South African studies reveal high levels of natural immunity is the best defense against omicron | 南非的研究表明,高水準的自然免疫力是對抗omicron的最佳防禦方法。

Washington University in St Louis conducted a study and found that the natural immunity induced by covid 19 has a lasting protective effect against covid 19, which means that once a person gets infected with covid 19, he is immune to the infection of this virus and its variants in the future.  Early, some organizations released misinformation to claim that the virus-induced immunity is on the decline by month, giving an impression that the immunity will be done in a few months.  The WU study has found evidence to dispute such a claim.

This article below presents some other evidence showing that the best defense comes with nature itself.  Thank God for that!

聖路易斯華盛頓大學進行了一項研究,發現covid 19誘導的自然免疫力對covid 19具有持久的保護作用,這意味著一旦一個人感染了covid 19,他就會對將來感染這種病毒及其變體產生免疫力。 早些時候,一些組織發佈了錯誤資訊,聲稱病毒誘導的免疫力正在逐月下降,給人的印象是免疫力將在幾個月內完成。 WU的研究已經找到了對這種說法提出異議的證據。下面的這篇文章提出了一些其他證據,表明最好的防禦來自自然本身。 為此感謝上帝!

Thursday, December 23, 2021 by: Arsenio Toledo

(Natural News) Two new studies from South Africa found that the country has a lower hospitalization rate for Wuhan coronavirus (COVID-19) infections caused by the post-vaccine omicron variant. High levels of natural immunity among South Africans stemming from prior COVID-19 infections is likely a contributing factor to this.

Since the appearance of the post-vaccine omicron variant, mainstream media outlets have tried to speculate regarding the variant’s virulence and deadliness. They repeatedly ignored South African health authorities, including Health Minister Joe Phaahla, who said that hospitalizations caused by omicron are “relatively low” and that the world has nothing to worry about.

According to data from South African health authorities, COVID-19 cases in South Africa have skyrocketed in recent weeks, in line with the emergence of the post-vaccine omicron variant. But what has puzzled scientists studying the data is that the country’s hospitalization rate has risen at a significantly slower pace compared to previous waves. (Related: In the age of Omicron, the jabbed are now catching & spreading COVID at a higher rate than the unvaxxed.)

The data strongly suggests that people diagnosed with omicron in South Africa were around 80 percent less likely to be admitted to the hospital than those diagnosed with any other COVID-19 variant.

Once admitted to the hospital, patients infected with omicron have a lower chance of developing severe disease. They are also hospitalized for fewer days on average than other COVID-19 patients.


In the first 31 days of the current post-vaccine outbreak, the country recorded 164,911 new COVID-19 cases. But just 3,432 patients were admitted to hospitals for additional care. One-hundred and ninety-four died.

In comparison, during the first 31 days of the previous wave, 38,577 COVID-19 cases were recorded and 10,088 were admitted to hospitals. The death rate of that wave was also more than three times higher than the death rate of the current wave, with 668 deaths in the first 31 days.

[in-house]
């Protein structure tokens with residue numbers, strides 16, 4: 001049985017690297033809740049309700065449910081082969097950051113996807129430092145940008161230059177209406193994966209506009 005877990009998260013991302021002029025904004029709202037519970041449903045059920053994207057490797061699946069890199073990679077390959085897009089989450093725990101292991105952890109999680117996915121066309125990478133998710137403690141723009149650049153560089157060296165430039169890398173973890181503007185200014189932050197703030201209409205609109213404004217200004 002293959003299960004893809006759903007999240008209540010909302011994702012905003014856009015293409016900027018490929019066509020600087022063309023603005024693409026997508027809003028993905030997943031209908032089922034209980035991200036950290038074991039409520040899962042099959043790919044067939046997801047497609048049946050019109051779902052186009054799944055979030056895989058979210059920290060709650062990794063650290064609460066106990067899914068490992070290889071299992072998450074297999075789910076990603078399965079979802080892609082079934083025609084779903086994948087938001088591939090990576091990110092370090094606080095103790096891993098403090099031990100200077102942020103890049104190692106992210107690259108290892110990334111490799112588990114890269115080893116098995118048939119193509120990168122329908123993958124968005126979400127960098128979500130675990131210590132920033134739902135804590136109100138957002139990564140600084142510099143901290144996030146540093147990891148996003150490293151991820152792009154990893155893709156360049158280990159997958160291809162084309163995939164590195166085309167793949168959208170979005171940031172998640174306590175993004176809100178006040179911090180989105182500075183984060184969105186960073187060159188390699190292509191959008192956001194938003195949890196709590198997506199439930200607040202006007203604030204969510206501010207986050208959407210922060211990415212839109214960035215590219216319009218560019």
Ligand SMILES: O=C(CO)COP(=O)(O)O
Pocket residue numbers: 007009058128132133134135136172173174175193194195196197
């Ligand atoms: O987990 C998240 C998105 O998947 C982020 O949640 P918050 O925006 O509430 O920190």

High vaccination rates unlikely to protect countries against omicron

“We believe that the evolution of cell-mediated immunity from prior natural infection … is resulting in the uncoupling of the high case rates seen with the omicron variant and the rates of severe disease,” wrote South African researchers in one of the new studies conducted on the outbreak in the country.

They added that the immunity “is primarily due to natural infection.”

While the authors included several caveats in their assessment regarding South Africa’s outbreak, they wrote that it is “difficult to disentangle the relative contribution of high levels of previous population immunity versus intrinsic lower virulence to the observed lower disease severity.”

“Compellingly, together our data really suggest a positive story of a reduced severity of omicron compared to other variants,” said Cheryl Cohen, an epidemiology professor for the University of the Witwatersrand and a member of the National Institute for Communicable Diseases in South Africa and an author for one of the studies.

Cohen believes the data is generalizable to other countries in Sub-Saharan Africa which have similar levels of previous infection and vaccination.

“I think what is unclear is how the picture will be similar in countries where there are high levels of vaccination but very low levels of previous infection,” she said. “The baseline epidemiology is different. But I think, compellingly, our data really suggests a positive story of a reduced severity of omicron compared to other variants.”

Listen to this Situation Update episode of the Health Ranger Report, a podcast by Mike Adams, the Health Ranger, as he speculates about how the post-vaccine omicron variant could be the cure to COVID-19.

Listen to more episodes of the Health Ranger Report podcast on

For the latest news on the omicron variant, visit

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